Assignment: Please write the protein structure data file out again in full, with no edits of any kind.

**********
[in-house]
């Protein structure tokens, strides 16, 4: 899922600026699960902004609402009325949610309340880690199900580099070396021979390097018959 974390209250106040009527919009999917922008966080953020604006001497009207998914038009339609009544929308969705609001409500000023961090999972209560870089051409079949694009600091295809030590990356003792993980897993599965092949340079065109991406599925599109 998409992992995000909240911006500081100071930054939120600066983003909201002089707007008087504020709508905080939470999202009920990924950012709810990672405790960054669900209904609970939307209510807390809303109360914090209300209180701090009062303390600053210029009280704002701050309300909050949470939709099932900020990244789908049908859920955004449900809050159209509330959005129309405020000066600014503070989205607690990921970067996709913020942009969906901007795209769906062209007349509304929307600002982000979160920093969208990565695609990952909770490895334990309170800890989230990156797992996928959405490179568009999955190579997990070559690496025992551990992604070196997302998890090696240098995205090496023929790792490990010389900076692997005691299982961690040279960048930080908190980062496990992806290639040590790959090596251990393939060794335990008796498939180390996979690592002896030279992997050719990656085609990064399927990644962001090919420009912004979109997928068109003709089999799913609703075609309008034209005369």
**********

[in-house]
């Protein structure tokens, strides 16, 4: 899922600026699960902004609402009325949610309340880690199900580099070396021979390097018959 974390209250106040009527919009999917922008966080953020604006001497009207998914038009339609009544929308969705609001409500000023961090999972209560870089051409079949694009600091295809030590990356003792993980897993599965092949340079065109991406599925599109 998409992992995000909240911006500081100071930054939120600066983003909201002089707007008087504020709508905080939470999202009920990924950012709810990672405790960054669900209904609970939307209510807390809303109360914090209300209180701090009062303390600053210029009280704002701050309300909050949470939709099932900020990244789908049908859920955004449900809050159209509330959005129309405020000066600014503070989205607690990921970067996709913020942009969906901007795209769906062209007349509304929307600002982000979160920093969208990565695609990952909770490895334990309170800890989230990156797992996928959405490179568009999955190579997990070559690496025992551990992604070196997302998890090696240098995205090496023929790792490990010389900076692997005691299982961690040279960048930080908190980062496990992806290639040590790959090596251990393939060794335990008796498939180390996979690592002896030279992997050719990656085609990064399927990644962001090919420009912004979109997928068109003709089999799913609703075609309008034209005369």